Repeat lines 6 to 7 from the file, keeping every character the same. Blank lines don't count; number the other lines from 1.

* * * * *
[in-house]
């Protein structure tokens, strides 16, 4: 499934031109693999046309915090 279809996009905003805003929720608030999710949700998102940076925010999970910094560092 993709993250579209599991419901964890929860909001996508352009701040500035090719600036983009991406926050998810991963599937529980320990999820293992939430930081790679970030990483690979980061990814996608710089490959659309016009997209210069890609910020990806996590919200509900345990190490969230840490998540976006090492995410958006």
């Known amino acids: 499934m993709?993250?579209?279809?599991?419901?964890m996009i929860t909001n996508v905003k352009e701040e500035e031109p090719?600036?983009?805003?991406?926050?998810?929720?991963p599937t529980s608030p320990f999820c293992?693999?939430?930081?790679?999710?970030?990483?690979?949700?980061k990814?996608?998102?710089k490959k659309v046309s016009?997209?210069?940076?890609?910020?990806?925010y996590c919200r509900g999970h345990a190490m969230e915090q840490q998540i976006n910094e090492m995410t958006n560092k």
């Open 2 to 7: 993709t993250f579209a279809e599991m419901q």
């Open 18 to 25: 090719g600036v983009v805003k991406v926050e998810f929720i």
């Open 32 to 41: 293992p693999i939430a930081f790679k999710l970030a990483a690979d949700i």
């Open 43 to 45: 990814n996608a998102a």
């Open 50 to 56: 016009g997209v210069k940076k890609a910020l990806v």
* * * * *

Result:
């Open 32 to 41: 293992p693999i939430a930081f790679k999710l970030a990483a690979d949700i």
């Open 43 to 45: 990814n996608a998102a």